Mayor’s Working Group Struggles to Upgrade Muni

 

Since last June Mayor Breed’s “San Francisco Muni Reliability Working Group” has looked for ways to improve overall Muni performance. Chaired by SFMTA Vice-Chair Gwyneth Borden and former City Controller Ed Harrington, the group was comprised of 13 individuals, including two San Francisco Supervisors and representatives of the Transportation Workers Union and various other organizations.

The group’s final report contains 66 recommendations, broken down as follows: Technical and Operations: 18, Workforce and Hiring: 24, Context and Regional: 17, and Governance and Organizational: 7. BATWG has reviewed the report and has the following responses:

General:

There are many good ideas embodied in the report. However the Muni is part of the San Francisco Municipal Transportation Agency (MTA), a complex and multi-layered 6,000 person organization operating in a difficult fishbowl environment subject to virtually continuous public scrutiny. No group of 13, no matter how dedicated, could adequately identify and respond to all the opportunities to improve the functionality of such an organization. For this reason the Mayor’s group was quite dependent upon Muni management for information and therefore took many of its improvement ideas from proposals already in circulation.  The Mayor’s effort is ok as far as it goes, but more is needed.

Bringing a very large and growing organization like the MTC including Muni up to its full operating potential will require periodic management audits of the entire organization. These audits would necessarily have to be comprehensive and completely independent.

Technical and Operations:

  1. Automatic Train Control: The Muni Metro Subway is currently operating at less than half its design carrying-capacity. Replacing the train control system will no doubt do some good, but there is no evidence to support the contention that taking this step would come even close to restoring the reliable, high-capacity Muni Metro service that riders want and deserve. The potential of longer trains to achieve this result has been talked about ever since it was foolishly decided in the early 1990’s to settle for one and two-car trains. Despite the talk there has been little if any progress on getting the subway up to its full operating capacity. 
  2. Interim Steps: This section lists some of the other ways in which the capacity and operating reliability of the Market Street subway can be improved. This section deserves attention…some of the proposals can be implemented in the near term; others will take longer. All are important. (For the full Muni Reliability report go to: http://openbook.sfgov.org/webreports/details3.aspx?id=2796.)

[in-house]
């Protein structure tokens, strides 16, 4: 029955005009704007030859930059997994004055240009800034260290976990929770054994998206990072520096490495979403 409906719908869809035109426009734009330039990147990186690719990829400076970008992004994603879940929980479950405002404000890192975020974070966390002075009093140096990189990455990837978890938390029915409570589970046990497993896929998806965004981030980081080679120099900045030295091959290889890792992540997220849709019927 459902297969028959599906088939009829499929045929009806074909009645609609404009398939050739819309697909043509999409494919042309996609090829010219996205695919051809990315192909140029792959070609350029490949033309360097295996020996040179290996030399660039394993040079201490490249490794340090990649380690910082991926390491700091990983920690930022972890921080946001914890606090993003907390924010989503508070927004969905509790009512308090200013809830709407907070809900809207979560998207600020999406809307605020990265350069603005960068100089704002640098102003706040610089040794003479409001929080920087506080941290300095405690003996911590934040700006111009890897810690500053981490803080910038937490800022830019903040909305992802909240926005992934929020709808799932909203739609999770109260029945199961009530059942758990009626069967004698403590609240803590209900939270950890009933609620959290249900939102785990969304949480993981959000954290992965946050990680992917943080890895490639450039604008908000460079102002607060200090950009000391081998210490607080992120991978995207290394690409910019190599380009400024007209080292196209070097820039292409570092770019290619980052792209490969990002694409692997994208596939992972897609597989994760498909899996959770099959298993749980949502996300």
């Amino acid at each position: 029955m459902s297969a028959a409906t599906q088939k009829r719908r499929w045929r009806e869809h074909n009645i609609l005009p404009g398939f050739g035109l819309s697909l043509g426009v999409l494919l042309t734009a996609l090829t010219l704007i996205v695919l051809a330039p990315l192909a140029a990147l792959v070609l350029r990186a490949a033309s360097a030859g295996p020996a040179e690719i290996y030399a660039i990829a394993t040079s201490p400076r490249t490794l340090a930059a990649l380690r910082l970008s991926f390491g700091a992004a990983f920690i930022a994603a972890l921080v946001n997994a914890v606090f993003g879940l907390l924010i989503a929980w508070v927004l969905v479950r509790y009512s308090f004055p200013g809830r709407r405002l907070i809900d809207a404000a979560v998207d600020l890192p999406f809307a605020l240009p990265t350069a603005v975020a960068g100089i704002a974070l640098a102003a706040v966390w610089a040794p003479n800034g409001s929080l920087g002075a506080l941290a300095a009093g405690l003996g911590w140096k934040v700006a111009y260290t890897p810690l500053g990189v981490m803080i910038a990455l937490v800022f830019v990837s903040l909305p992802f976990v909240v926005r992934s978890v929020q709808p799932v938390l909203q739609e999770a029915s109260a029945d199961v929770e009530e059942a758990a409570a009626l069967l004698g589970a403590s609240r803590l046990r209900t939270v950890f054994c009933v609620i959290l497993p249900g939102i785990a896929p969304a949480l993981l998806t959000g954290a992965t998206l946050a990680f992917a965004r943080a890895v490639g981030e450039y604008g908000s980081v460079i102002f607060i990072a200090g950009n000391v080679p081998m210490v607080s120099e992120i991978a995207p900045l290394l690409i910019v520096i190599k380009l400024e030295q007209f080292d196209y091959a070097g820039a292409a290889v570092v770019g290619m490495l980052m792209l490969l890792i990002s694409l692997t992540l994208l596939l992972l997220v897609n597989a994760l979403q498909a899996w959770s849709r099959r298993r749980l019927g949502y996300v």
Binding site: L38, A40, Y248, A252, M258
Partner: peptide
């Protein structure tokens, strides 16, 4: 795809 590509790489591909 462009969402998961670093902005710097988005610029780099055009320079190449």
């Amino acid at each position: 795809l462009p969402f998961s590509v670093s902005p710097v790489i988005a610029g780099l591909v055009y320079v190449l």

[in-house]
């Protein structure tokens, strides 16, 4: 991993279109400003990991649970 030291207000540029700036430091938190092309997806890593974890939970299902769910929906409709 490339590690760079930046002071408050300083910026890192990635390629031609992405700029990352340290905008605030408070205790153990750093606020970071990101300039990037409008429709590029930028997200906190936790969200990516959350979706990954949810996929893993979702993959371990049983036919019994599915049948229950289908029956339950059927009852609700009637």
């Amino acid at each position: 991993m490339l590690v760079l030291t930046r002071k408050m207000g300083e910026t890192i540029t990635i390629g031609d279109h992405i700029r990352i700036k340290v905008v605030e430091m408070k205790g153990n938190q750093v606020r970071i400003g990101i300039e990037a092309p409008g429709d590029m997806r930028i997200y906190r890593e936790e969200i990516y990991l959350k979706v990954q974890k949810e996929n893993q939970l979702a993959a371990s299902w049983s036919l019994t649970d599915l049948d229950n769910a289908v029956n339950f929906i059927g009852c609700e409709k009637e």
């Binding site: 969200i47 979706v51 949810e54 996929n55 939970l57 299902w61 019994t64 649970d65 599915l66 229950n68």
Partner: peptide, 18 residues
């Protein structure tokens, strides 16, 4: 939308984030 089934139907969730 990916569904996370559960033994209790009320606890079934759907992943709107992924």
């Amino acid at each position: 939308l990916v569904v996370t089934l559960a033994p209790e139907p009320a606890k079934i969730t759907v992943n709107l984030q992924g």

3. From Breda to Siemens: Among the reasons given for the Muni’s unfortunate decision to abandon in-line coupling is that the Breda cars lacked this ability.  A citywide effort should be made to ensure that the incoming Siemens car don’t suffer from the same defect.

Context and Regional:

Most of the proposals contained in this section are good ones. Improved and safer bicycle facilities should be part of the mix, but bicycling must be routed and arranged in ways that will not endanger the lives of bicyclists or pedestrians, and will not slow down or otherwise interfere with the travel of Muni vehicles.

Context and Regional:

  1. “Develop the City’s ability to speak with one voice on regional issues.”  This has long been needed. To improve Muni and reduce city traffic congestion it is essential to get a handle on the outside influences that are contributing to the problem.  For example, CCSF shares a common interest with BART, MTC and AC Transit in at least quadrupling AC’s current dismally low transbay ridership.  In view of the fact that both BART and the Bay Bridge are running out of carrying-capacity, this is needed now! Another example is the long-awaited extension of Caltrain into downtown San Francisco. CCSF, MTC, the Peninsula Joint Powers Board and San Mateo County share a common interest in extending Caltrain and connecting it to eleven Market Street passenger rail lines and over 40 bus lines.

Workforce and Hiring:

Bringing in and training more Muni drivers is an obvious need.  

Line managers strategically located along the lines is another obvious need. In the past line managers have been an essential part of keeping the system running properly.  The contention that remote computer monitoring would eliminate the need for line managers was discredited long ago.

At the same time we should not lose sight of the fact that Muni could be understaffed in some areas and overstaffed in others.  As far as other categories of employees are concerned, in today’s economy it is often difficult to find and hire the right people. Under such circumstances it is often faster and more cost-effective to execute tightly written contracts with outside consultants.

Governance and Organizational:

When it comes to capital projects the recent Muni/MTA record has not been good. There is an overriding need at Muni and the MTA to conduct bonafide alternative analyses, develop better and faster ways of bringing consultants and contractors on line, clarifying and better reviewing plans and specifications,  effectively monitoring the work of suppliers and contractors, keeping track of costs and schedules and quickly paying for work satisfactorily completed.

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